Daughters of Harlem Teaches Local Young Women to Record and Produce Their Own Music
In a recording studio in the Computer Music Center, four teenaged girls listen to a playback of their spoken word track. Their instructor, Sondra Woodruff, a senior at the School of General Studies and an established singer, composer and recording artist, asks “How do you want your voice to sound?”
Lyrics float out of the speakers: “Dear mommy, dear daddy, tía, tío, abuela, abuelo, you carry the mistakes of our colonizers on your back and make them your own; that changes now, our voices will be heard, stigmas will be broken, truth will be spoken.”
The young women were taking part in “For the Daughters of Harlem: Working in Sound,” a multi-year program organized by faculty from Columbia’s Department of Music. It brings young women of color from public high schools in Manhattan and the Bronx to Columbia for workshops on recording and producing their own music. For two consecutive Saturdays, the students work under the guidance of professors, graduate students and guest instructors.
“These girls produced this amazing piece after just three hours in the studio,” said Lucie Vágnerová, project director and core lecturer in Music Humanities who earned her Ph.D. here in 2016. “In comparison, musicians often talk about how they spend weeks on end in the studio recording a handful of songs.”
The first workshop took place last April, when a dozen participants gathered in the music department’s recording facilities in Prentis Hall. After an introductory session on the uses and values of music in everyday life, participants worked in small groups in the different recording studios, collaborating with professional musicians and working on state-of-the-art equipment. The day was so fruitful that the project was expanded to two days in the fall.
The scope of Daughters of Harlem was laid out by Professor of Music Ellie Hisama, who founded and directed the inaugural project and now co-directs it with Vágnerová. In 2017, they received a grant supporting the project from the Columbia chapter of the Collaborative to Advance Equity through Research, an Obama White House effort to study and address the education, health and social service disparities faced by girls and women of color.
“The mission of the initiative fit what Ellie and I had been discussing for a long time,” said Vágnerová. "Especially the inequities that women of color face when it comes to particular kinds of musical, university and technologized spaces.” Their guiding text was Music in Everyday Life by British sociologist Tia DeNora, who used ethnographic studies and interviews to show how music influences identity and social structure.
“We felt that the best way to connect with the students about music was to discuss how it impacts us personally,” said Hisama.
The girls responded with stories about singing in church or at school, being nervous before a performance and comforted by a friend, sharing musical moments with their family. “We also talked about music as a form of self-care, of finding out who you are through sound and music-making,” said Vágnerová.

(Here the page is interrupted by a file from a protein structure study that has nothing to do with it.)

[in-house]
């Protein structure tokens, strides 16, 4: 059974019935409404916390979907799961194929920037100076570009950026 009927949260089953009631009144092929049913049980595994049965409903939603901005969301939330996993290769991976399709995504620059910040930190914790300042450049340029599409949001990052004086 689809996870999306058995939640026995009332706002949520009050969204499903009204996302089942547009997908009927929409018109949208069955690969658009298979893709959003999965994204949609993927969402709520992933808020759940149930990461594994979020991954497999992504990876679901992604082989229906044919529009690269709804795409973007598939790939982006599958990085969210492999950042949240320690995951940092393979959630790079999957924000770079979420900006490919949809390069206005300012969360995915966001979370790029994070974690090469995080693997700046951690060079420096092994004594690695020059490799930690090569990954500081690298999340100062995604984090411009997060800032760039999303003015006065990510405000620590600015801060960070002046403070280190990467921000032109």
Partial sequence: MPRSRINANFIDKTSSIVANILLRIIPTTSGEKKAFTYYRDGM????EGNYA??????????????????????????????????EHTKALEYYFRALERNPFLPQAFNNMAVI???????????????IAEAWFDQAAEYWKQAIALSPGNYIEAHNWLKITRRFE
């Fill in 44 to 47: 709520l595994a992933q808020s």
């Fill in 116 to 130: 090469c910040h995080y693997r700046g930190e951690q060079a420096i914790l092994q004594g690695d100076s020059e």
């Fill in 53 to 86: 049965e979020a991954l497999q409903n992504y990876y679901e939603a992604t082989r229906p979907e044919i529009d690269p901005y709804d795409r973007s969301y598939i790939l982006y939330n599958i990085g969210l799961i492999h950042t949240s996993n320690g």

Their passion in the group discussion translated into practical outcomes in the recording sessions. The students brought in instruments, original poetry, lyrics and other musical ideas, and were taught the basics of recording audio and working with studio software to bring their ideas to life.
As a culmination of their efforts, the girls showcased their work at a public performance attended by their families, friends, teachers and community members alongside students and faculty from Columbia and Barnard. Their musical work spanned vocals, beatboxing, rapping, poetry, percussion, clapping, guitar, piano and synthesized instruments.
Hisama hopes the project will continue at Columbia and that other universities will replicate it. There has already been interest from faculty at colleges in Massachusetts, Florida and California. Hisama and Vágnerová are co-authoring an article about the project for a book on collaborative perspectives in 21st century U.S. music.
“It enriches our industry to have diversity, to have women in every facet of the business, not just in production and engineering, but also in marketing, business development and legal issues,” said Ebonie Smith, an award-winning music producer, engineer and singer-songwriter, who led a workshop in October. “The industry that I’m in needs to reflect the world that I live in.”
“It’s so important for these high schoolers to have an opportunity to come to Columbia and sit face to face with Ebonie, and be able to say, ‘If she’s doing this, I can do this,’” said guest instructor Matthew Morrison, a music professor at New York University’s Tisch School of the Arts.
“I’m living through these girls when I work with them,” added Woodruff, the General Studies senior who led an October workshop. “This program is a great platform. It gives them confidence and the mindset that anything is possible, that you are possible.”